According to the Bank of Ghana the country’s export earnings during the first three quarters of 2010 improved on the back of strong increases in volume and prices of gold and cocoa.
It said exports registered a growth of $1.7 billion (40.4%) to $5.9 billion while imports increased by $2 billion (34.0%) in year-on-year terms to nearly $8 billion.
The trade balance for the first nine months of the year therefore worsened by$332 million, due mainly to increased imports.
However, ICT constitutes a mere 0.1% of the country’s total exports, according to the Legatum Prosperity Index 2010.
The Legatum Institute, publishers of the Index says on its website that the Legatum Prosperity Index is the world’s only global assessment of wealth and wellbeing; unlike other studies that rank countries by actual levels of wealth, life satisfaction or development, the Prosperity Index produces rankings based upon the very foundations of prosperity those factors that will help drive economic growth and produce happy citizens over the long term.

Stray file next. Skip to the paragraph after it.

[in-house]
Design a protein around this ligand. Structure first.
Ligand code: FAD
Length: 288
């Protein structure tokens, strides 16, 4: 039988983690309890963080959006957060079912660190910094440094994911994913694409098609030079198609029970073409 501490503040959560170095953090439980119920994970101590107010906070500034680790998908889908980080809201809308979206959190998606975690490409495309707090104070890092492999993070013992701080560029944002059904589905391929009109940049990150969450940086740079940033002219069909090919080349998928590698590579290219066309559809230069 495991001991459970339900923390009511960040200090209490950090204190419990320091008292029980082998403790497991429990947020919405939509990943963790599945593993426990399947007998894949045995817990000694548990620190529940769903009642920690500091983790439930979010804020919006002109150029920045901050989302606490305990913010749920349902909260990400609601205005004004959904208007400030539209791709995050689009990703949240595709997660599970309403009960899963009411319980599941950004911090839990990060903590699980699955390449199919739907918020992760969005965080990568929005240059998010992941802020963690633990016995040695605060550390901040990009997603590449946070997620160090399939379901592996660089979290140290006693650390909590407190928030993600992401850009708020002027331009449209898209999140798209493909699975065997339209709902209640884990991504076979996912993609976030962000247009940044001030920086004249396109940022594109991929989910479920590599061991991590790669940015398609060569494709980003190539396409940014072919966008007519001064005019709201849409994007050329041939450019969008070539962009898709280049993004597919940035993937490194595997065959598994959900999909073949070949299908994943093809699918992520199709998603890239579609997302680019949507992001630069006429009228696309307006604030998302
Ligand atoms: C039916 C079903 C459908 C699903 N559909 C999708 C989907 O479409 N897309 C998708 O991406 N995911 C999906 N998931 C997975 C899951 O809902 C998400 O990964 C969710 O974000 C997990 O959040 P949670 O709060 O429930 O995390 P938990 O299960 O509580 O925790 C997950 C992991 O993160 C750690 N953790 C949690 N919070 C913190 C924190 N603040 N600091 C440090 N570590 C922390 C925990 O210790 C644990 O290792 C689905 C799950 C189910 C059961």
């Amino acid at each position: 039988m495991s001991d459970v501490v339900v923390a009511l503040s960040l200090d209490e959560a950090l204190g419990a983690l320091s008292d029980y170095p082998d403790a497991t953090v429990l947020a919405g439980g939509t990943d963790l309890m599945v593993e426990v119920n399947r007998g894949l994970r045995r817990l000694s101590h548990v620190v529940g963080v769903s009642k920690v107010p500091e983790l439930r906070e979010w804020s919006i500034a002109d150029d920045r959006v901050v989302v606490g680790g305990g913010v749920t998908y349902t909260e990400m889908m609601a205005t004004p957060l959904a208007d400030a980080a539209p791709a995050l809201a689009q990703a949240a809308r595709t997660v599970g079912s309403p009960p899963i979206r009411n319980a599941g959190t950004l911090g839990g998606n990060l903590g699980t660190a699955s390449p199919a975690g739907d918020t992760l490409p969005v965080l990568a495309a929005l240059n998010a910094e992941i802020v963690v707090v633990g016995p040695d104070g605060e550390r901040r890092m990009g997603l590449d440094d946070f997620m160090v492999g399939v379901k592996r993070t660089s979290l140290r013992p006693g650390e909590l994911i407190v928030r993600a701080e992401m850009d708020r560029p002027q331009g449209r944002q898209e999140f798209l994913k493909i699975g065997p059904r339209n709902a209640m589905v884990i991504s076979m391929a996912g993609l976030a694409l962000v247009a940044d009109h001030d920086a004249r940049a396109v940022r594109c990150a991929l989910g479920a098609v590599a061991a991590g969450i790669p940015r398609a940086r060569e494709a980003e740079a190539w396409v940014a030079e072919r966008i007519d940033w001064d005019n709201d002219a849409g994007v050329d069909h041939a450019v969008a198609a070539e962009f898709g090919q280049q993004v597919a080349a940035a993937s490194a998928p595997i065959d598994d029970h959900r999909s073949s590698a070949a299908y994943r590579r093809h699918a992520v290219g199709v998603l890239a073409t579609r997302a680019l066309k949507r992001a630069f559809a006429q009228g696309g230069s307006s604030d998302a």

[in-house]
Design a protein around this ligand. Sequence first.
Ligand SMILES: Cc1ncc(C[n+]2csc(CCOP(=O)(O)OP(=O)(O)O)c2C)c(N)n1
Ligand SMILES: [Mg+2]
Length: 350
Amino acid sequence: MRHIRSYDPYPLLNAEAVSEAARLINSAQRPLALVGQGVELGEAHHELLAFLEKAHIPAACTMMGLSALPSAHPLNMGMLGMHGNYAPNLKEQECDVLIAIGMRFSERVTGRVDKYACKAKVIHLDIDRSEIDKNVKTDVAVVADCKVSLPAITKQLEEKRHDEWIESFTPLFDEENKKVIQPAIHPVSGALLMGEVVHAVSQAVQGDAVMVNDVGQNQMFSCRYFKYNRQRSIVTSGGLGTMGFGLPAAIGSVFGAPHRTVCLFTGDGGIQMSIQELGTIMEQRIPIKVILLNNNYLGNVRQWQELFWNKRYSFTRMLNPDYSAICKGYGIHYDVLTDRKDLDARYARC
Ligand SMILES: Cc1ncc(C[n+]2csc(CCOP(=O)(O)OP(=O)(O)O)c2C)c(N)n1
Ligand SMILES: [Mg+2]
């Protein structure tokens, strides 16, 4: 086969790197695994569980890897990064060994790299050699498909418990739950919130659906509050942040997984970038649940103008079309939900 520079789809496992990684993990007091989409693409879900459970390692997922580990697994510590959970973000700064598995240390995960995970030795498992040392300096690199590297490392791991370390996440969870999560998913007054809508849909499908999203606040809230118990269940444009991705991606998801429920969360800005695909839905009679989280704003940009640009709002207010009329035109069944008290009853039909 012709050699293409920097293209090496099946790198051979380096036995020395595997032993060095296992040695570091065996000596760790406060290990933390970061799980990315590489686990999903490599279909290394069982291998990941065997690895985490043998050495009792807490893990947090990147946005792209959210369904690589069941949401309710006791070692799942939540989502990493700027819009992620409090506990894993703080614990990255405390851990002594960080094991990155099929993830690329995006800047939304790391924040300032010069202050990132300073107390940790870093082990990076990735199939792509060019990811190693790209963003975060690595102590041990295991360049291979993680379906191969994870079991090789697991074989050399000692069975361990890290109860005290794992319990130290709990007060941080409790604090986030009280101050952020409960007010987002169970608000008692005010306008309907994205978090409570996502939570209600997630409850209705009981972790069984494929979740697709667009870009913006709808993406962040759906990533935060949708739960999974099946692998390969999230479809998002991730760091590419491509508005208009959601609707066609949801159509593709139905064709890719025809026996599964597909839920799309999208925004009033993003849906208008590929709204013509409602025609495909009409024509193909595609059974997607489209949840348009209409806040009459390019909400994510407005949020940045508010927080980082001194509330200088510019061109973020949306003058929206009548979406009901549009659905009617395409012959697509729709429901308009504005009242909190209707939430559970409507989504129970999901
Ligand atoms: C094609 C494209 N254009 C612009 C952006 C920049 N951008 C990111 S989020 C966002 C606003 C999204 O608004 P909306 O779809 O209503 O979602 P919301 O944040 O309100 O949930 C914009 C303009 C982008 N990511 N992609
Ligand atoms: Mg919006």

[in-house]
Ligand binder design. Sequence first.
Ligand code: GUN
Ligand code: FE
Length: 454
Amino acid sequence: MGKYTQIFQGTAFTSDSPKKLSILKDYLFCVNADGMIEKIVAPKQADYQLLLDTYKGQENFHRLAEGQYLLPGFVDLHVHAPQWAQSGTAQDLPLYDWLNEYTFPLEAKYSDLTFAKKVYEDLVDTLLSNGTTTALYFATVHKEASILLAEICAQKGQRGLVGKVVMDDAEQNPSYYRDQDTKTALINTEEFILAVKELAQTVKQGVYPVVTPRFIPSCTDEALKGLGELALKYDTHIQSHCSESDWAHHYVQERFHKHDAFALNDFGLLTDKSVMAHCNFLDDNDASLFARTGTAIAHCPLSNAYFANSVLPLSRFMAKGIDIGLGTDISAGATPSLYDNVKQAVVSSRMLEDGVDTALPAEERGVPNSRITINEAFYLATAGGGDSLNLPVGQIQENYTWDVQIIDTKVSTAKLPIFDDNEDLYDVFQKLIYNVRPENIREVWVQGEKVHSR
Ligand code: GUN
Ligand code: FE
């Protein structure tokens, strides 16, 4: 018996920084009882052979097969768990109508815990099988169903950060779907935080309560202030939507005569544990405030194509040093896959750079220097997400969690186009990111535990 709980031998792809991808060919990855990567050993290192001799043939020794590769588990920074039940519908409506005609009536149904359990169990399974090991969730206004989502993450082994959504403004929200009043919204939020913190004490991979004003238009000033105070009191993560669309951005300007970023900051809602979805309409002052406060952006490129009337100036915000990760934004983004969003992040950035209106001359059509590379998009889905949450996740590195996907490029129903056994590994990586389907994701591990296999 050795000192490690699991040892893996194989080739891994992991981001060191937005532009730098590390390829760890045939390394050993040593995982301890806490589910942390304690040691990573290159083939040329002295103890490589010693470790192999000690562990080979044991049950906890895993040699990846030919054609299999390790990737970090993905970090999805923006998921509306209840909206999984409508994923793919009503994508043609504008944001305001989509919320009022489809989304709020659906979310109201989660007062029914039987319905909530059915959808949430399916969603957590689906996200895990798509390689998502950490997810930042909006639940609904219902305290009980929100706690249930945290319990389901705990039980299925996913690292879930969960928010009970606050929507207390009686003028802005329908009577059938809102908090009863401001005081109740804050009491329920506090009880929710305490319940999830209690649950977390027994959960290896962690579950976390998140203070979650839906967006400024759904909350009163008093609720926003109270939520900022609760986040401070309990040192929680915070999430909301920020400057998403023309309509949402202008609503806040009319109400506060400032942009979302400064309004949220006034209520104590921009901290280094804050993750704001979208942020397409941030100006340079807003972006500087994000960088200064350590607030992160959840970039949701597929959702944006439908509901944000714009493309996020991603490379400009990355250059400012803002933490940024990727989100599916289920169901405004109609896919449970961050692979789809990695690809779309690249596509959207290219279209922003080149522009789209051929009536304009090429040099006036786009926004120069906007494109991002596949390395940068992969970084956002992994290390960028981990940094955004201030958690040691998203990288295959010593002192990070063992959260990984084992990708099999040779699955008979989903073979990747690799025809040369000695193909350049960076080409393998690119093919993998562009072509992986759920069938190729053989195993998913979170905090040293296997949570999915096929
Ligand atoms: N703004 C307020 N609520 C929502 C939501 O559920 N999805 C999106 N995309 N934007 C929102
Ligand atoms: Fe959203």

Ghana has an overall ranking of 90 among 110 countries. The Index says registered innovative activity is very low in Ghana. Research and Development (R&D) expenditure constitutes just 0.3% of GDP and royalty receipts from overseas are negligible, adding that only 0.1% of Ghana’s exports come from the ICT sector, placing the country 99th on this variable.
However, the Index says subjective assessments of the entrepreneurial environment are positive, with almost four-fifths of respondents to a 2009 survey believing the area where they lived to be a good place to start a new business.
This is despite average business start-up costs of 26% of Gross National Income (GNI) per capita. Infrastructure for entrepreneurship is also lacking.
According to the Index less than half of the population owns a mobile telephone, internet bandwidth capacity is poor, and the number of secure internet servers per capita is low.
While group-based inequality in economic development in Ghana is only slightly below the international average, 97% of people believe that hard work will get you ahead, indicating that Ghanaians perceive their country to be meritocratic, the Index adds.
The Index uses the terms ‘international’, ‘global’, or ‘world’ to reference the 110 Prosperity Index countries, which represent approximately 93% of the world’s population and 97% of global GDP.
By Emmanuel K. Dogbevi